If you mess with Momma… Par 5 (Part 2) …a deeper look…

Pictured below is a dramatic exposure of the raw yet beautiful par 3 6th  hole of the Jack Nicklaus designed Golf course, “Cabo Del Sol.”  Redesigned and opened for play in December 2010, it is a sight to see…and…can be a fright to play if one does not apply a complete suite of golf accoutrements, including, in addition to ones clubs, a practiced swing, solid head work to assess the constantly changing seaside playing conditions, the creativity to envision a successful shot and then the courage to implement that shot.  If you botch any of those components, from club selection through swing finish, you will end up “messin’ with Momma.”

Golf Photo - Cabo Del Sol 1 -4

In my last post I used the expression, “mess with Momma” as a metaphor, intending to put a descriptive handle on “the powers that be” in our lives and how we choose to respond to those powers, many of which are  seemingly beyond our control.

For context, let me explain.  During the early formative years of my life, my “Momma” was the most powerful, influential person in my little world.  Lovingly authoritarian—not necessarily an oxymoron—she lavished me with love and attention while at the same time being ever consistent in her promise to consequence my misbehavior.  To be fair, however, she never failed to give me a weather forecast of “a storm brewing”—which I could avoid by altering the course of my behavior—with no course alteration, the storm of her wrath arrived as forecast.  Hence the expression, “If you mess with ‘Momma’, you’re gonna get a slap.”

I think of Momma’s caution frequently as I navigate my way around a golf course.  There’s a lot of “slaps” to be had out there—just as there are in life.  There are forces at work everywhere that I am cautioned to avoid.  For instance I know that keeping my ball in the fairway and out of the rough is a good idea. It is a good step to a better score.  Hazards.  Hazards are called hazards for a reason.  We know they are there and, if we are applying a modicum of wisdom, we try to avoid them.  Sometimes we heed the caution; sometimes we “mess with Momma.”  Whatever the case may be, the not so subtle reality is that we always get to endure the storm or fair weather of our play.

 I have been playing golf now for almost fifty years—not necessarily good golf, but a lot of it (smile).  On any particular day, however, when I consider all twenty-four hours I’m given; I spend only a fraction of that time on the golf course.  I spend a much larger portion of my time playing out the rest of my life.  I tell myself that life is so much bigger and more important than the game of golf.  The question that begs is: do my decisions, followed by my behaviors, reflect my assertion?  Am I as attentive to the cautions sent my way about life as I am about those that present themselves in my golf game?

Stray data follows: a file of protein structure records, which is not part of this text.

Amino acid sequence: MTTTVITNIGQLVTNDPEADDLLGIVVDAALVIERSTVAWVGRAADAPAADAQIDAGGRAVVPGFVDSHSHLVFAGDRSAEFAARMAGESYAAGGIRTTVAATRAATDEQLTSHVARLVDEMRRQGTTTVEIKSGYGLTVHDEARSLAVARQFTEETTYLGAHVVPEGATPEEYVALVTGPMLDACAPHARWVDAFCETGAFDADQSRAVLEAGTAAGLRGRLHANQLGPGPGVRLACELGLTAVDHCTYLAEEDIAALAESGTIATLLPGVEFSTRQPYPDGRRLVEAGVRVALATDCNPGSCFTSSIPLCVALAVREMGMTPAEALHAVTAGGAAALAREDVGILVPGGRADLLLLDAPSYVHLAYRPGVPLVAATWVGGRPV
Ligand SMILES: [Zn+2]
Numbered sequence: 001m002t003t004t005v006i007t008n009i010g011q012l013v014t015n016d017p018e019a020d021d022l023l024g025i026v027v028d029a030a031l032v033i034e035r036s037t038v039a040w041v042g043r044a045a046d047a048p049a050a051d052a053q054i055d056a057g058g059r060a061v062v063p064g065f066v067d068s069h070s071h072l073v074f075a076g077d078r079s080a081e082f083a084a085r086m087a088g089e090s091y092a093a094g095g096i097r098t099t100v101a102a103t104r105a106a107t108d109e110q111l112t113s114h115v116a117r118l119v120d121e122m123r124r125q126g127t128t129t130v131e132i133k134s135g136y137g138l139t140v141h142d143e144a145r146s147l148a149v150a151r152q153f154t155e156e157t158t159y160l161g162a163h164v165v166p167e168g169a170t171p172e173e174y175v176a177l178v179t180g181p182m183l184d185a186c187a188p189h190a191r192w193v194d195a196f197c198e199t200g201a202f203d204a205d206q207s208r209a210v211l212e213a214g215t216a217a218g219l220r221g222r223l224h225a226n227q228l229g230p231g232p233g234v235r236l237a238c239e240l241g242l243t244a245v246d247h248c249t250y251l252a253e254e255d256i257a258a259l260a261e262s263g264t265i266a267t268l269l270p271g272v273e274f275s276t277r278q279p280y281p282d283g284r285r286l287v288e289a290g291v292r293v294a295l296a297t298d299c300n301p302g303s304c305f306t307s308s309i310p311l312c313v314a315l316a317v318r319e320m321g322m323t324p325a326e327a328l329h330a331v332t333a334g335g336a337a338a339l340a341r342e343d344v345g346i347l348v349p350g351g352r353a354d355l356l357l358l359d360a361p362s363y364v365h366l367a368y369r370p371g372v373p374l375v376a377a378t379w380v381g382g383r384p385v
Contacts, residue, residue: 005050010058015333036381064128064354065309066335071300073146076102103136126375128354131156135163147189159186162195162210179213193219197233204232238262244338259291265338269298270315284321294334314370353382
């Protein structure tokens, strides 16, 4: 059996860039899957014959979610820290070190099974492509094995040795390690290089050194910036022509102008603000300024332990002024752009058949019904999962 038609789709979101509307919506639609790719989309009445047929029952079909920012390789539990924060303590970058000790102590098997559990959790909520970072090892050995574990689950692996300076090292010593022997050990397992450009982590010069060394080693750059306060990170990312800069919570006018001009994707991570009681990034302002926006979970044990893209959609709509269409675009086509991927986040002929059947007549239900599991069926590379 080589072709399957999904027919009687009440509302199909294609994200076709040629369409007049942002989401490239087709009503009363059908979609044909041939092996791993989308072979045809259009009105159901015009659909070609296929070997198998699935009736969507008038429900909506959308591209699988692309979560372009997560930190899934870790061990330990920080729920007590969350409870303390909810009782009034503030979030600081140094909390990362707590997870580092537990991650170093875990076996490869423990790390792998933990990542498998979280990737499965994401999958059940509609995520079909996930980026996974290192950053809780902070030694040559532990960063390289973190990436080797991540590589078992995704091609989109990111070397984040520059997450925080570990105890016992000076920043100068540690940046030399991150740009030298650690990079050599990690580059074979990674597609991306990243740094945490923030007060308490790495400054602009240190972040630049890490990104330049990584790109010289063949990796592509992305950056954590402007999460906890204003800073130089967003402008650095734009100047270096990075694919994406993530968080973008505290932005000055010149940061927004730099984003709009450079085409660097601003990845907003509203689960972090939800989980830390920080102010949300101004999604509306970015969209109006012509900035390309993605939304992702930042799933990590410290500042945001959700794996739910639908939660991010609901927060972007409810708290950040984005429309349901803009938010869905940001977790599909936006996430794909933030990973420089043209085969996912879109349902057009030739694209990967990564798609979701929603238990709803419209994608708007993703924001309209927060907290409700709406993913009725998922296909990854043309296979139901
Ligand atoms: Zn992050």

I have had to ask myself: Do I see and shoot for the  fairway of my life, or do I just step to the tee, hit and hope?…    Do I see, and appropriately address, the rough areas of my life?…    Do I listen to that inner voice that sounds a warning to avoid the hazards ahead?…    Do I even know where the hazards are in my life—habits, addictions, indiscretions, infidelity, the dark side of social media, pornography, how I treat my tax obligations and more?…  Do I heed the “out of bounds markers” or do I flirt with them?…   When I make a mess of things and find myself  “out of bounds” do I step up and work at putting things right or do try to excuse or explain away my behavior?…   Are there areas in my life where I absolutely know I’m “messin’ with Momma” and keep on “messin'”?

I find this sort of introspection telling and painful.  I also know it is absolutely necessary for the improvement of my “Life Game.”  Just as in golf, I’ll  never know what needs fixing in my life until I get a handle on  what’s NOT working.

How about you? Do you find yourself, in any way, “messin’ with Momma”? Got any fixing you need to do?  What’s your plan?

One final thought— this post is very special to me in that it comes through the lens of six decades of personal, and sometimes painful, experience.  Fom that experience I have drawn three conclusions:

  1. When I’m  “messin'”, I almost always make a mess—that I then get to clean up.
  2. When I’m “messin'”, I’m ALWAYS “messin” with my Maker!
  3. My Maker (God) does not expect me to be “mess-less”  He does expect me,  as an adopted member into His family, to mess less.  He expects  me to diligently pursue the transformation He has initiated in me.


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